750, 0.0000, 78.0000, 0, GETDATE(), NEWID(), GETDATE()

    );
    GO

    The output shows that the Trigger has worked well again, SQL Server has rejected the INSERT statement because in the first row the value 4 for the SafetyStockLevel column is lower than 10 and it can't be accepted.

    Msg 50000, Level 16, State 1, Procedure TR_Product_StockLevel, Line 17

    Safety Stock Level cannot be lower than 10!

     

    If you have to deploy your Trigger as soon as possible, you could convince yourself that this Trigger works properly, after all you have already done two tests and all wrong rows were rejected. You decide to apply the Trigger in the production environment; but what happens if someone or an application tries to insert two products, in which there is one wrong value put in an order that differs from the one you used in the previous test?

    Let's see the following INSERT statement in which the first row is right and the second one is wrong.

    USE [AdventureWorks2014];
    GO

    -- Test three: Try to insert two rows
    -- The first row one is right, but the second one is wrong
    INSERT INTO Production.Product
    (

     Name, ProductNumber, MakeFlag, FinishedGoodsFlag, SafetyStockLevel,
     ReorderPoint, StandardCost, ListPrice, DaysToManufacture,
     SellStartDate, rowguid, ModifiedDate

    )
    VALUES
    (

     N'Carbon Bar 4', N'CB-0004', 0, 0, 18 /* SafetyStockLevel */,
     750, 0.0000, 78.0000, 0, GETDATE(), NEWID(), GETDATE()

    ),
    (

     N'Carbon Bar 5', N'CB-0005', 0, 0, 6 /* SafetyStockLevel */,
     750, 0.0000, 78.0000, 0, GETDATE(), NEWID(), GETDATE()

    );
    GO

    The last INSERT statement has been completed successfully, but inserted data do not respect the domain constraint implemented by the Trigger, as you can see in the following picture.

    Picture 1 – Safety stock level: Domain integrity violated for product named "Carbon Bar 5"


    The safety stock level value for the product named "Carbon Bar 5" doesn't respect the business constraint implemented by the Trigger Production.TR_Product_StockLevel; this Trigger hasn't been thought to work on multiple rows. The mistake is in the following assignment line:

    SELECT
      @SafetyStockLevel = SafetyStockLevel
    FROM
      Inserted;

    The local variable named @SafetyStockLevel can contain only one value from the SELECT on the Inserted virtual table and this value will be the SafetyStockLevel value corresponding to the first row that is returned from the statement. If the first row (that one returned from the query) has a suitable value in the SafetyStockLevel column, this Trigger will consider right the others as well. In this case, not allowed values (lower than 10) from the second row on, will be stored anyway!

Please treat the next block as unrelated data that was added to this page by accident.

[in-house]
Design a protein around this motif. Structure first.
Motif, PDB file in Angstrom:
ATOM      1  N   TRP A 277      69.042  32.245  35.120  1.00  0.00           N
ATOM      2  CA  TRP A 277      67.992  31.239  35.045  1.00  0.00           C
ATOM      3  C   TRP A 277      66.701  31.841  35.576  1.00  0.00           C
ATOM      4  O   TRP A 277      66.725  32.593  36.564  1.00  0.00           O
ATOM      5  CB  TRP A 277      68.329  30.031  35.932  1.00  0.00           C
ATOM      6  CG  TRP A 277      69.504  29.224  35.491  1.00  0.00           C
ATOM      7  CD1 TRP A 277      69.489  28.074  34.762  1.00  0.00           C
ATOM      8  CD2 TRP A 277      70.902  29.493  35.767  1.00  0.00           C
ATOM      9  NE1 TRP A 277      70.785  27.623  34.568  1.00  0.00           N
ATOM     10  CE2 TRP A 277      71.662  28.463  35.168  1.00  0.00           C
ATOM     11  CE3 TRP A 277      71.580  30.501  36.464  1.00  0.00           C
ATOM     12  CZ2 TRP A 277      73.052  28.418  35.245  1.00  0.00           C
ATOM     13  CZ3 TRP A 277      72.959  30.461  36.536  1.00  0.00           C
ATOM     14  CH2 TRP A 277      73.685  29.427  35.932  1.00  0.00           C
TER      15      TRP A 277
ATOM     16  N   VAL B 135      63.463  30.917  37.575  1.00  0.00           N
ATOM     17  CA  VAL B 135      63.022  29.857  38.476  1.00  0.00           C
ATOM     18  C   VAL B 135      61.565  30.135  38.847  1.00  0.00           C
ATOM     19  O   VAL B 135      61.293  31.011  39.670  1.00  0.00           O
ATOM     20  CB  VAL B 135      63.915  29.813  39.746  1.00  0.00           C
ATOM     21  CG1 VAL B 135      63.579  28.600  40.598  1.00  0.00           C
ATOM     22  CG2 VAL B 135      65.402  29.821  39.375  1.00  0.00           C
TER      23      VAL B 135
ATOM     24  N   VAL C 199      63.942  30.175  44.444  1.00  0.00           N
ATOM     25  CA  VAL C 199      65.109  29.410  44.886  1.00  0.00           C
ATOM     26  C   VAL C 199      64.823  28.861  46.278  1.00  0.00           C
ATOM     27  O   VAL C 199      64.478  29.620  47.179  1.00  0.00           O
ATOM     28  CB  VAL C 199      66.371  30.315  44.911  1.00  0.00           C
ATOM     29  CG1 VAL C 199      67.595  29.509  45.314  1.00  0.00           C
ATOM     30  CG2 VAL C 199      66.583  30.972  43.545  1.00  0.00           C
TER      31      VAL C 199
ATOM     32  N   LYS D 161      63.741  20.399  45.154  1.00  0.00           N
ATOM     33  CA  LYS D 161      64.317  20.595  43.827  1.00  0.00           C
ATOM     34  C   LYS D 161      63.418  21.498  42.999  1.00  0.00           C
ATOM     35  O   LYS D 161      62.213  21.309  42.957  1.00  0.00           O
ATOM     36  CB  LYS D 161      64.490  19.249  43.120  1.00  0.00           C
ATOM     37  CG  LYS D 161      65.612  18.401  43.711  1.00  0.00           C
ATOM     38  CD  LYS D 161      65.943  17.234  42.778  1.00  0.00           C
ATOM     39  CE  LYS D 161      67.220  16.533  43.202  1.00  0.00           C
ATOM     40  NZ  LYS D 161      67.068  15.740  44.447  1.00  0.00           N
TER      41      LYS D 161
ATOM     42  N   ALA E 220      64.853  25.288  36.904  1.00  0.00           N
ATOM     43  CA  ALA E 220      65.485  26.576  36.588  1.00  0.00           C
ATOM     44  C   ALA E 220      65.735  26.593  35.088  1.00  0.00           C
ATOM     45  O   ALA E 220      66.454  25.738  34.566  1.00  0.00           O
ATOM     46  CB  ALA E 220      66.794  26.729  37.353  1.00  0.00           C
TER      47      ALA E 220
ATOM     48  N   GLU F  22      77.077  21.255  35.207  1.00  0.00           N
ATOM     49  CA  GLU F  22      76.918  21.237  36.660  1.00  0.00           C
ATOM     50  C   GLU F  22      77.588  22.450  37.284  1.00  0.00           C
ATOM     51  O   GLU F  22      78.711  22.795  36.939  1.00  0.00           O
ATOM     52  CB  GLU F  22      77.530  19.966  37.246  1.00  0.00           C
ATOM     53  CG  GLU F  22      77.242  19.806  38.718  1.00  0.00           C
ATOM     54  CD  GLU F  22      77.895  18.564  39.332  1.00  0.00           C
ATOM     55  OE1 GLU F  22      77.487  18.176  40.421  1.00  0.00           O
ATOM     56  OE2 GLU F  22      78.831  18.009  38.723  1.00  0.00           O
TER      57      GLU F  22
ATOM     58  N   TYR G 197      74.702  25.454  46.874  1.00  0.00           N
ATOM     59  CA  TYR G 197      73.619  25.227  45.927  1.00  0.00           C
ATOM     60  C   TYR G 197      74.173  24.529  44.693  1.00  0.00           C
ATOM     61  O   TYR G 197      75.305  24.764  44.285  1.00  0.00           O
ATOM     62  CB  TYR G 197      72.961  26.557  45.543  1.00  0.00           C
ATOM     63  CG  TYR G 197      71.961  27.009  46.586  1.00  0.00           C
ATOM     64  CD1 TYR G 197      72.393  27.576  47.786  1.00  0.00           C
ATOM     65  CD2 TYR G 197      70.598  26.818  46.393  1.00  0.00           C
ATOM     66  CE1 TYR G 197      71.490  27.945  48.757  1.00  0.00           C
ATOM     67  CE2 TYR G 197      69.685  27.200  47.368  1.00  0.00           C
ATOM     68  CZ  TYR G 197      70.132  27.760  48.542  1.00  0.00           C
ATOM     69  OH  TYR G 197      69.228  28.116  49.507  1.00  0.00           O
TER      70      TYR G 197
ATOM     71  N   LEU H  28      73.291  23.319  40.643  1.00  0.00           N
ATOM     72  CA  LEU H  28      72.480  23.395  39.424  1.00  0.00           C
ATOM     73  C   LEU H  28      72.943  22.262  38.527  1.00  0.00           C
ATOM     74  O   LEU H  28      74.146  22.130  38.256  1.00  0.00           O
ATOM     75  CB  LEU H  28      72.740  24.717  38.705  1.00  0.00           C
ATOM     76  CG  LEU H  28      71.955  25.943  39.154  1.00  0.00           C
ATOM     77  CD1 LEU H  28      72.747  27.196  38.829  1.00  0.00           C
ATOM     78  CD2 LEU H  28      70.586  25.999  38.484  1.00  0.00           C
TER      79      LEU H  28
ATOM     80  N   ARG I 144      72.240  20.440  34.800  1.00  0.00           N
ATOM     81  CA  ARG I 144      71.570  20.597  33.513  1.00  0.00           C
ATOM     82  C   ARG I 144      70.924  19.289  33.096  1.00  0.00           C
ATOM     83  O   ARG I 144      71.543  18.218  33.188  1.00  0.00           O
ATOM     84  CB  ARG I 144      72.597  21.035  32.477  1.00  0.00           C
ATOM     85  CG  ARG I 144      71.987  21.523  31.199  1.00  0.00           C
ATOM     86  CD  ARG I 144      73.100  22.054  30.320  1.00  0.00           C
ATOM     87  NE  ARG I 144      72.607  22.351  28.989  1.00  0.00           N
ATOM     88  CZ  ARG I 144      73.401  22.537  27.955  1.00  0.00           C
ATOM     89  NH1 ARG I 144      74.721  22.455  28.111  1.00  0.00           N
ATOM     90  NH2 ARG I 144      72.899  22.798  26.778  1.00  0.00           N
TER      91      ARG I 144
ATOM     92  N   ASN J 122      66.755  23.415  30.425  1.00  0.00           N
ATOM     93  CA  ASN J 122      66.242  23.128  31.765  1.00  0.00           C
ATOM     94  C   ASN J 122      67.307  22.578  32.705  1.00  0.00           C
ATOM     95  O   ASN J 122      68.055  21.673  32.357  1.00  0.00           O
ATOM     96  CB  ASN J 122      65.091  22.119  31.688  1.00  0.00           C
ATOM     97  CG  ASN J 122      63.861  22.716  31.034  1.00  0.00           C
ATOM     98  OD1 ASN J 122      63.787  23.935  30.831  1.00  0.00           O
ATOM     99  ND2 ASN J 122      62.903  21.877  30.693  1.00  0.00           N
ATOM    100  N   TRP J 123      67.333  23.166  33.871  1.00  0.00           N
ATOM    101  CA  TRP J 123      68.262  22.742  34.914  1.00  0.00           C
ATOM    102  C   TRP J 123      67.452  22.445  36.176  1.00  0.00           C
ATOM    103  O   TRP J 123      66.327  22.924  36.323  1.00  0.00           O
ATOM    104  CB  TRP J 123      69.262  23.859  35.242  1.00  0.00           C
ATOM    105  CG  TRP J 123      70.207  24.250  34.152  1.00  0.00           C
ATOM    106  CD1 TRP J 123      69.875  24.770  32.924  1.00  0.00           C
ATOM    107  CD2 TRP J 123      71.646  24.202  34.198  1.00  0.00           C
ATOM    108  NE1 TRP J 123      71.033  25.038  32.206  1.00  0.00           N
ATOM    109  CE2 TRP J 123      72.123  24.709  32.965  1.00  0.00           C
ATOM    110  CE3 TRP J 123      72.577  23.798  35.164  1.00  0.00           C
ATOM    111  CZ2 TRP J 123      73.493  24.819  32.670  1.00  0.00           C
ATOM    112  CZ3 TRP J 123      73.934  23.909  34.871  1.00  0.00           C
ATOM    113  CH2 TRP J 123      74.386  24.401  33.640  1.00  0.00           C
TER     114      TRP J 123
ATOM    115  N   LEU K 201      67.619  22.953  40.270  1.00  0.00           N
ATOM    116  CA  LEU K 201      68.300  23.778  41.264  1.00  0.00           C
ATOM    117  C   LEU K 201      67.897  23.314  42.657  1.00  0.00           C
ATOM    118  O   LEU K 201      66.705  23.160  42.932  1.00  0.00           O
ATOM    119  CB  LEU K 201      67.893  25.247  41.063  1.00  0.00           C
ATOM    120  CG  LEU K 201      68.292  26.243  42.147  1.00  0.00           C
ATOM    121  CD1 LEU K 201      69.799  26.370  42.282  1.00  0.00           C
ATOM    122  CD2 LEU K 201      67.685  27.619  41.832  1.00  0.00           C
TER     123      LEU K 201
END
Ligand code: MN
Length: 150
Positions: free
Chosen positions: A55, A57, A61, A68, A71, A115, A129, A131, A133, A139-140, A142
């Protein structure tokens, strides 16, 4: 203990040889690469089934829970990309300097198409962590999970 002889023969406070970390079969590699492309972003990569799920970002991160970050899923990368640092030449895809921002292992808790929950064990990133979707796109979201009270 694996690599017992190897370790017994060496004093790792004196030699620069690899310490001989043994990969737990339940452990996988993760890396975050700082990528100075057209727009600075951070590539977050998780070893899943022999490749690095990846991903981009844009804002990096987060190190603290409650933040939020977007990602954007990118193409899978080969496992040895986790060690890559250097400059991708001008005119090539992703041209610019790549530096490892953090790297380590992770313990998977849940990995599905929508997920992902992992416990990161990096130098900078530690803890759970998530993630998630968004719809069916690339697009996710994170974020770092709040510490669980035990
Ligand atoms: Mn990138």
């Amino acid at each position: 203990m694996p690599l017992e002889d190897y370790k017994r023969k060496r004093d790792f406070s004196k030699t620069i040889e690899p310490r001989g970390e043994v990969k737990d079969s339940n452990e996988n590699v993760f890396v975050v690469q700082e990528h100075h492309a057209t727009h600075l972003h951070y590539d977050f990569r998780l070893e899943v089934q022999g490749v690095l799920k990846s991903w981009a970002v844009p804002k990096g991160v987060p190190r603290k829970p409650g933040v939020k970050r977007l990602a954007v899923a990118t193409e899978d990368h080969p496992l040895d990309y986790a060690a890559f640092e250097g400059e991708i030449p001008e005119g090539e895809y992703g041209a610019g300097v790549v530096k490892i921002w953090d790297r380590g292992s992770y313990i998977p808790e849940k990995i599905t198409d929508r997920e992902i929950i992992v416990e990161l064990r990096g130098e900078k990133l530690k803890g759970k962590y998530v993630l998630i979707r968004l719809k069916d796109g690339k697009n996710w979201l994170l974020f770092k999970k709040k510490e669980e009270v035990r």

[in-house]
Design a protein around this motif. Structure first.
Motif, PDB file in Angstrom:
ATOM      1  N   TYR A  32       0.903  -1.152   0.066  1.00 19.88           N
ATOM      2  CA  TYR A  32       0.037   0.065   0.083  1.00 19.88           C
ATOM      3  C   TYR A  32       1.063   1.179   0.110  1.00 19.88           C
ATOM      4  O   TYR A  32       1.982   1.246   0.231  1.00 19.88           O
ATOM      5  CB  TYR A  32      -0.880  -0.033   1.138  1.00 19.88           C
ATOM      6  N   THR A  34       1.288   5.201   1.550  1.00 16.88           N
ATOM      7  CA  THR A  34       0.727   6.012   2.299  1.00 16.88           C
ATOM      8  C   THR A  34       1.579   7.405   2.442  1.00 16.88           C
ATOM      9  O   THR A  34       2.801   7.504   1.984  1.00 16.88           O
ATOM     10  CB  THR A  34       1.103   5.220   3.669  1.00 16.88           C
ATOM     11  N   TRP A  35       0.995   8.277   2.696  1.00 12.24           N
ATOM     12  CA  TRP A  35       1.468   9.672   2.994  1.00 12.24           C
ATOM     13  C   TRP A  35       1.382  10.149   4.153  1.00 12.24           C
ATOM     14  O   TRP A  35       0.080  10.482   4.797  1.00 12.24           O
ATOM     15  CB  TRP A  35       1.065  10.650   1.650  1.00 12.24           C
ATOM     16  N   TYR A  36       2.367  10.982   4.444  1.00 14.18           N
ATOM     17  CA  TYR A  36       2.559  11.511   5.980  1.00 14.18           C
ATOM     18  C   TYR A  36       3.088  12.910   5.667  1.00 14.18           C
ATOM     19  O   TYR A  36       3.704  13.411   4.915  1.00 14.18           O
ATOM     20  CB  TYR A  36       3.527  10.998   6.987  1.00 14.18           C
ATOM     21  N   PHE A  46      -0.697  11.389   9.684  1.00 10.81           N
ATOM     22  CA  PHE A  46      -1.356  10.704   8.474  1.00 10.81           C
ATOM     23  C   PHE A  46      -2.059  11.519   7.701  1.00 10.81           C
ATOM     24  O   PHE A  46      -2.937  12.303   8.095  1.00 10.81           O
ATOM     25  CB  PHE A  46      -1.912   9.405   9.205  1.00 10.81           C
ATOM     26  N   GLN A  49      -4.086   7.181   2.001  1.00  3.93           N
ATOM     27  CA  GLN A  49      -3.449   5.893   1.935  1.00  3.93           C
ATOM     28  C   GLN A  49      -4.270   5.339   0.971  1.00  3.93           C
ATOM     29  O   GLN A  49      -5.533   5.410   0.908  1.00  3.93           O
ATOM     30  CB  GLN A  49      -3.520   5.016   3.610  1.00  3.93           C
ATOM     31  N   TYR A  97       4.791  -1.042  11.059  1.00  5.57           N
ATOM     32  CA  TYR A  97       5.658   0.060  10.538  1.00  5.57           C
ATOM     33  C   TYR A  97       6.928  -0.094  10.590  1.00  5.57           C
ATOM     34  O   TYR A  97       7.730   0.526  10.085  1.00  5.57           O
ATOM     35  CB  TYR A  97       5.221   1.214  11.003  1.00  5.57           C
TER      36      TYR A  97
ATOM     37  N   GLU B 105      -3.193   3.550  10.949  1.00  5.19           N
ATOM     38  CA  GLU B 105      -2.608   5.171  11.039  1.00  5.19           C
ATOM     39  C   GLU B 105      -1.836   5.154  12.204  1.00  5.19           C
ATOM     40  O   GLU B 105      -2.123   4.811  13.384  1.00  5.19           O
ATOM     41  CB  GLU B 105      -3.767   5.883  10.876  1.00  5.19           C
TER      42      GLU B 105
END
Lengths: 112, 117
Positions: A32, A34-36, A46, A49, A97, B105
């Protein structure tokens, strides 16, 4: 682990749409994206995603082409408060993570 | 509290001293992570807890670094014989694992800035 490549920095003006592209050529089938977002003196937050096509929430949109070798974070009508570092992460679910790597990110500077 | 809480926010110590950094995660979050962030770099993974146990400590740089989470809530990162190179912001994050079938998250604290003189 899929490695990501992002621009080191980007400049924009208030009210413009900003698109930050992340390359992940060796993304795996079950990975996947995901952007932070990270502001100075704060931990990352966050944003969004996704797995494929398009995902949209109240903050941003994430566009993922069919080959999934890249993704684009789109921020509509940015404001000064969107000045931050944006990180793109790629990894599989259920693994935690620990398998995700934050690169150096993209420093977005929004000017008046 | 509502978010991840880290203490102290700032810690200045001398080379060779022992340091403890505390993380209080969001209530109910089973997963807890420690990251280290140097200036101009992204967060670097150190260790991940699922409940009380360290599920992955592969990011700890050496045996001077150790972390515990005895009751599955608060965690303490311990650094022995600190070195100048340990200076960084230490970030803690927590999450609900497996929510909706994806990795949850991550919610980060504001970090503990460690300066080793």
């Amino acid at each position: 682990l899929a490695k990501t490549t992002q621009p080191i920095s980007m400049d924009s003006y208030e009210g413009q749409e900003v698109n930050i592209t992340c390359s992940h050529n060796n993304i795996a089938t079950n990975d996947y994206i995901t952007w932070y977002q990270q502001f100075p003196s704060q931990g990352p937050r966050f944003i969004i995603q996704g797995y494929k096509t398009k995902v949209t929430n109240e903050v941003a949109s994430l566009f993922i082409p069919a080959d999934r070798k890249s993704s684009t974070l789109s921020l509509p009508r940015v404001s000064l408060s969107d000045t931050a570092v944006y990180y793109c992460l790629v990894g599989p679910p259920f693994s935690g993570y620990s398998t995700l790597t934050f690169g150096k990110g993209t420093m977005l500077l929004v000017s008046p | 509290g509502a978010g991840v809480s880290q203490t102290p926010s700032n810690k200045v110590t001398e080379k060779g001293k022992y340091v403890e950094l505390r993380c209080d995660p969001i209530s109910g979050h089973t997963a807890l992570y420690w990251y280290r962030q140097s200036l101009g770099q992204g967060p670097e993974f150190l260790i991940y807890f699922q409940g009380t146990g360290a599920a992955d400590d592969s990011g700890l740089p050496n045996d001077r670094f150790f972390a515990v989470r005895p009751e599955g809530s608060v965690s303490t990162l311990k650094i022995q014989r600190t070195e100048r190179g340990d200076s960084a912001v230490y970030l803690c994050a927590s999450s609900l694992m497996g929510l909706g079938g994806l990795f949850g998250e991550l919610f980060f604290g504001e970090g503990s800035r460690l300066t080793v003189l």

How can the Trigger's Author fix this issue? He can fix it by checking SafetyStockLevel value on all rows in the Inserted virtual table, and if the Trigger finds just one value which is not allowed it will return an error. Below here, there is the version 2.0 of the Trigger Production.TR_Product_StockLevel, it fixes the issue changing the previous SELECT statement in an IF EXISTS SELECT statement.

    USE [AdventureWorks2014];
    GO

    ALTER TRIGGER Production.TR_Product_StockLevel ON Production.Product
    AFTER INSERT AS
    BEGIN
      /*
        Avoid to insert products with value of safety stock level lower than 10
      */
      BEGIN TRY
        -- Testing all rows in the Inserted virtual table
        IF EXISTS (
                   SELECT ProductID
                   FROM inserted
                   WHERE (SafetyStockLevel < 10)
                  )
          THROW 50000, N'Safety Stock Level cannot be lower than 10!', 1;
      END TRY
      BEGIN CATCH
        IF (@@TRANCOUNT > 0)
          ROLLBACK;
        THROW; -- Re-Throw
      END CATCH;
    END;
    GO

    This new version is thought to work on multiple rows and it always works properly.

    However the best implementation for this business logic is by using CHECK constraint that is the best way to implement customize domain integrity. The main reason to prefer CHECK constraints instead of the Triggers, when you have to implement customize domain integrity, is that all constraints (such as CHECK, UNIQUE and so on) will be checked before the execution of the statement that fires it. On the contrary, AFTER DML Triggers will fire after the statement has been executed. As you can imagine, for performance reason, in this scenario, the CHECK constraint solution is better than the Trigger solution.

    All examples in this post are based on AdventureWorks2014 database that you can download from codeplex website at this link.

  • SQL Server DML Triggers - Tips & Tricks - Part 1 ("Intro" & "Triggers activation order")

    This is the first blog post in a series of posts about Tips & Tricks of SQL Server DML Triggers.